One institution that certainly has not been held back from its potential by MERC or any of the other challenges facing Biddeford-Saco is the University of New England, which contains Maine’s only medical school and boasts a student body of some 4,493 people of all ages. UNE President Danielle Ripich has managed to leverage the best of Biddeford, Saco, and even the relative proximity of Portland in maximizing the school’s growth in recent years. UNE pharmacy students, for instance, spend two years at the Biddeford campus before moving to Portland; dental students will likewise take classes on UNE’s flagship campus before moving on.
“Smart people ‘get’ Maine, and ‘get’ the quality of life that they find in the whole Biddeford-Saco region,” Ripich says. “We can attract people, even if we’re not as competitive for salaries as somewhere else. We have people from Boston who come up two or three times a week. They’ll ride up on the Downeaster, so that’s really allowed us to have a access to a pool of faculty that we wouldn’t have otherwise.”
When it came time to build a new facility to house juniors this year, Ripich says she considered taking advantage of the empty mill spaces downtown (fifty graduate students and faculty members already live in the North Dam Mill). But a combination of financing issues and security concerns ultimately brought the new dorm back to UNE’s main campus on Pool Street in Biddeford. UNE’s $26-million, LEED-certified dormitory and athletic field is due to open this month.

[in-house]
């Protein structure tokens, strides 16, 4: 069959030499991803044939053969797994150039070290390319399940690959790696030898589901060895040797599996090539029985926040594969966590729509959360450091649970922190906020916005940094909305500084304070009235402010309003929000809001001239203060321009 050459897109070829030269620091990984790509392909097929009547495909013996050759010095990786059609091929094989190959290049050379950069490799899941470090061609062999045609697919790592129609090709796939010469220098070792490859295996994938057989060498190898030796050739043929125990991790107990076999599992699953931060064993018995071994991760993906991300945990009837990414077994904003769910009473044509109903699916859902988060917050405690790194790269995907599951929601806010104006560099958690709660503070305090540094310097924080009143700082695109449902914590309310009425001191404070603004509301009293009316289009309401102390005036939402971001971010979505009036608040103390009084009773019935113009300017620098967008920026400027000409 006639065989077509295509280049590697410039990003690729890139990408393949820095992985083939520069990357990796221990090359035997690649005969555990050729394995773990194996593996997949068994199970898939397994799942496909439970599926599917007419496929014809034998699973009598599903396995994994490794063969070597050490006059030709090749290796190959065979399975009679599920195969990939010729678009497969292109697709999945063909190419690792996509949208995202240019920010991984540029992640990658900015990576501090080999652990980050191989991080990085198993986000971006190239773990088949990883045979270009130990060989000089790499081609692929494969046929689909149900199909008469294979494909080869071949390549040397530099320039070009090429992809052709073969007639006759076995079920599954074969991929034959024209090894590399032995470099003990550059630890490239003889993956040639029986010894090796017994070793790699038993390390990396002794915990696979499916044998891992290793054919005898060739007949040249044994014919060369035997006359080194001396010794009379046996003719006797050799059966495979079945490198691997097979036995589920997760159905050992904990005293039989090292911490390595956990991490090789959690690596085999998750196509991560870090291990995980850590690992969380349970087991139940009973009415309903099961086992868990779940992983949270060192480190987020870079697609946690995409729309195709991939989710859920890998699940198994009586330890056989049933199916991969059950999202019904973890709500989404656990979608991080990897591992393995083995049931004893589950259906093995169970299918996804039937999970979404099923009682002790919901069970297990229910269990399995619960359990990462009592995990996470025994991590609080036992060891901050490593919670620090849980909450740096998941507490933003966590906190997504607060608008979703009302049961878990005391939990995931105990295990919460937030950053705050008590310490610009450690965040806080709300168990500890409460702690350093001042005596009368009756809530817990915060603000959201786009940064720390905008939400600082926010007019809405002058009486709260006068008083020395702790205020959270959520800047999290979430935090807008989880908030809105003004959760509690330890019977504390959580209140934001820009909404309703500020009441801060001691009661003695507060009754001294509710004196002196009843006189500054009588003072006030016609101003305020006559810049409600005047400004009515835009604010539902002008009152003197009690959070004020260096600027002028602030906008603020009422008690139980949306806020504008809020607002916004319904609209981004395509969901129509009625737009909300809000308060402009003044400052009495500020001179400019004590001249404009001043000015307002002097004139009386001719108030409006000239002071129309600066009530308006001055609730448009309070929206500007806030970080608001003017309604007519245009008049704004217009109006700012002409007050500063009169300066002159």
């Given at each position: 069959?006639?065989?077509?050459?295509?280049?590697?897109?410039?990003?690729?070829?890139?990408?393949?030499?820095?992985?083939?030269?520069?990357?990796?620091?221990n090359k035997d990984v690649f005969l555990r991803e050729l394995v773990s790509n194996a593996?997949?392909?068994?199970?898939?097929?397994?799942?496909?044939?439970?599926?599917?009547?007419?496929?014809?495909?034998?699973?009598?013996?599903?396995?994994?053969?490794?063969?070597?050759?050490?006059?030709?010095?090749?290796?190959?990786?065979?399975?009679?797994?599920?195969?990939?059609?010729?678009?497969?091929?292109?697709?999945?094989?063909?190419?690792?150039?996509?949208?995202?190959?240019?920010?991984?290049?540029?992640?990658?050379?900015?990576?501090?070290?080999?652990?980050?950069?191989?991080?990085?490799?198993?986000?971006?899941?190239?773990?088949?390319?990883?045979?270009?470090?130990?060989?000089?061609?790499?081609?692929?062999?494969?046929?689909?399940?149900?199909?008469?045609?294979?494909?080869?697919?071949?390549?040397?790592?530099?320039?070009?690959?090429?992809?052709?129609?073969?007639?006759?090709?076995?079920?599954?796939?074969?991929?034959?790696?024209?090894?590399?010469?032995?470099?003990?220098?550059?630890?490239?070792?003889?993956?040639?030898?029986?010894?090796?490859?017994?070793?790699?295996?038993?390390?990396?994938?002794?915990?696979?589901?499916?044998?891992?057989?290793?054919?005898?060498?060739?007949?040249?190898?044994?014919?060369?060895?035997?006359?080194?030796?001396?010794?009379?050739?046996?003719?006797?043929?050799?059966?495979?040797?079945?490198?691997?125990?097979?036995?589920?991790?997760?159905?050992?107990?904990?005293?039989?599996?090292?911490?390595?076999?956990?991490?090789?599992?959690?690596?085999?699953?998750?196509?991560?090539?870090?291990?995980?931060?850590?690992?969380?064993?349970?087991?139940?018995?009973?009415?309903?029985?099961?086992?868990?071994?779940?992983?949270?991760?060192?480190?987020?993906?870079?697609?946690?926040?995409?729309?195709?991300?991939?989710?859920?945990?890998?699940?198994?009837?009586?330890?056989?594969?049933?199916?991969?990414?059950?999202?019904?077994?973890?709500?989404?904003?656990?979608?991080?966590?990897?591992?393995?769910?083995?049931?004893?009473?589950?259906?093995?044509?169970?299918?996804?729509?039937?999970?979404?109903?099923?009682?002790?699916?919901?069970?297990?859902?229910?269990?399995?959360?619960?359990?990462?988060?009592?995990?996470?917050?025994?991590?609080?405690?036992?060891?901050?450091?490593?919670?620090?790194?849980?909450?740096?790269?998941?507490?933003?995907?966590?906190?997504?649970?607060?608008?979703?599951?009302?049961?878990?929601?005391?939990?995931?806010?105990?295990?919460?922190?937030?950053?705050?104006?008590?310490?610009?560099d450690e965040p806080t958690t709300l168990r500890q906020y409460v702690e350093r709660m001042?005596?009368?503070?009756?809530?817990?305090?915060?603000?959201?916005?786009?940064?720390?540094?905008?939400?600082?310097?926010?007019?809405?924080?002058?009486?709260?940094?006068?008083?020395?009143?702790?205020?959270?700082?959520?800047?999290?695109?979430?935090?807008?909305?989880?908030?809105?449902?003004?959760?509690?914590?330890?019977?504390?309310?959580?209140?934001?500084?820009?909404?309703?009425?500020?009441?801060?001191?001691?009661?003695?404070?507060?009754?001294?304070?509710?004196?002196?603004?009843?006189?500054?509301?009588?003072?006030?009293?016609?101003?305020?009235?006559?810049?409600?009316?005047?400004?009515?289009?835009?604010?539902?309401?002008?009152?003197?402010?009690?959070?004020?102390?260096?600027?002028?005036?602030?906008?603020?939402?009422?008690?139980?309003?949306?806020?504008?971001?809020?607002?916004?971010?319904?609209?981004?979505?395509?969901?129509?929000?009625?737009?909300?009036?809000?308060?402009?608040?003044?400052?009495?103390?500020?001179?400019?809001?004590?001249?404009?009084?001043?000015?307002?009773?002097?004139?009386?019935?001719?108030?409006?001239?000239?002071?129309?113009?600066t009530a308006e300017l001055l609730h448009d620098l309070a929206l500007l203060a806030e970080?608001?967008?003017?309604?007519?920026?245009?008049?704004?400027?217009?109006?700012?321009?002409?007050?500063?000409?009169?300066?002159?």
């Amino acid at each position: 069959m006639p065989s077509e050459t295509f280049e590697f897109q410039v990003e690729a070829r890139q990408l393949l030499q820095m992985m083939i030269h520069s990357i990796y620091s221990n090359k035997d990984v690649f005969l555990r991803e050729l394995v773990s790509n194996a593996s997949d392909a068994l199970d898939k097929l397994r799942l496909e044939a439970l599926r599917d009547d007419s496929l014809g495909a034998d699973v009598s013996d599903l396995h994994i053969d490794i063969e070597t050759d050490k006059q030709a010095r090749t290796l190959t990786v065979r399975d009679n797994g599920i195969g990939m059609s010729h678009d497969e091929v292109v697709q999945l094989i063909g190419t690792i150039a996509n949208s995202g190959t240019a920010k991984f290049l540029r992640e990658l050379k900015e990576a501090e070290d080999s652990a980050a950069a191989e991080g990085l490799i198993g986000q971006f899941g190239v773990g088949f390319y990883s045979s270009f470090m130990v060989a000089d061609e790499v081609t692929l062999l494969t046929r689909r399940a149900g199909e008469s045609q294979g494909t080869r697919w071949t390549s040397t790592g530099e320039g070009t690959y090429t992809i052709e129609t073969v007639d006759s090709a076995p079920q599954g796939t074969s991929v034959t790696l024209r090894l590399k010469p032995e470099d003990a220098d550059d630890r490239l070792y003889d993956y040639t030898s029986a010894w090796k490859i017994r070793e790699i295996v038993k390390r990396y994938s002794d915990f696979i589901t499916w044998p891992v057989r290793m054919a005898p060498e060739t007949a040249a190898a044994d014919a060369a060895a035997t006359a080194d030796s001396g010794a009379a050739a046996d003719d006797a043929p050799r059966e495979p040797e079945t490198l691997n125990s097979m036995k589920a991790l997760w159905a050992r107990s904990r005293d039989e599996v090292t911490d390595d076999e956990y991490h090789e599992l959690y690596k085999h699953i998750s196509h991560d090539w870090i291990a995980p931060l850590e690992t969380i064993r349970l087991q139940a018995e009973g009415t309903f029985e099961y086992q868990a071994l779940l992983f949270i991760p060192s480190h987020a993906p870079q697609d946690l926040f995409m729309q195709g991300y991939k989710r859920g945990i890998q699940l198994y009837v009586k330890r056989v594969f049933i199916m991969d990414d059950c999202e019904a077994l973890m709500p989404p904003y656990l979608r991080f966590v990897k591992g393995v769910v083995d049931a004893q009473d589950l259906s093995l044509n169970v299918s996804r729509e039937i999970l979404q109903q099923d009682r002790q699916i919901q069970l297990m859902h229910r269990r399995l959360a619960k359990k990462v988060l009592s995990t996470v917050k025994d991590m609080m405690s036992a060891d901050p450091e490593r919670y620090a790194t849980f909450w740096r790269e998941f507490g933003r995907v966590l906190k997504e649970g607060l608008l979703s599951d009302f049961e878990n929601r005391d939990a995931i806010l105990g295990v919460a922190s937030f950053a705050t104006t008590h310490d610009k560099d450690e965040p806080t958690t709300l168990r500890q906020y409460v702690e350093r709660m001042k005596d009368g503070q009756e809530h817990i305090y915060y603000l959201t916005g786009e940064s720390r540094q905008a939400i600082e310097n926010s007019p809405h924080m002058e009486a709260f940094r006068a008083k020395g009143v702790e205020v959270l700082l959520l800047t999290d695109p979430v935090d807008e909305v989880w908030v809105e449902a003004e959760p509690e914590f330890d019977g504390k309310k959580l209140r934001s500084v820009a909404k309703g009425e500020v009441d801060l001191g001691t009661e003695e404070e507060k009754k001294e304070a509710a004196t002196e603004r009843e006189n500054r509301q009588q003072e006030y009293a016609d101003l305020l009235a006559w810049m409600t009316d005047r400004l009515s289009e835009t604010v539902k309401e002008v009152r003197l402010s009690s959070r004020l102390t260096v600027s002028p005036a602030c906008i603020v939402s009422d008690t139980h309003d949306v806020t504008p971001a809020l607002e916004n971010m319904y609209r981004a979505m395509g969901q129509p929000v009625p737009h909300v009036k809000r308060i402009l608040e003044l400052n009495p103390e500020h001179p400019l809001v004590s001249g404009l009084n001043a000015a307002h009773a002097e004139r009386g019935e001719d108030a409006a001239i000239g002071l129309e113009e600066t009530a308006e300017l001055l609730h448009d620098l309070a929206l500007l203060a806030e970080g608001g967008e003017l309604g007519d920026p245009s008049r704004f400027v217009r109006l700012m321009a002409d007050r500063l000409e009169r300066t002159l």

UNE isn’t the only private school using the attributes of the Biddeford-Saco region to its advantage. Thornton Academy Headmaster Carl J. Stasio, Jr., says that his school’s recent expansion into boarding students on campus was undertaken with the realization that the school is part of a larger, two-city community. “Parents from Beijing and Oslo like to know about the historical grounding of our school,” he says. “They like to know of our proximity to Boston through the Downeaster. They’re intrigued when they look at downtown and see the remarkable possibilities that Doug and others are bringing to life.”
Judging by the activity under way in the entire Biddeford-Saco region, they’re not alone.
- By: Joshua F. Moore
- Photography by: Jennifer Baum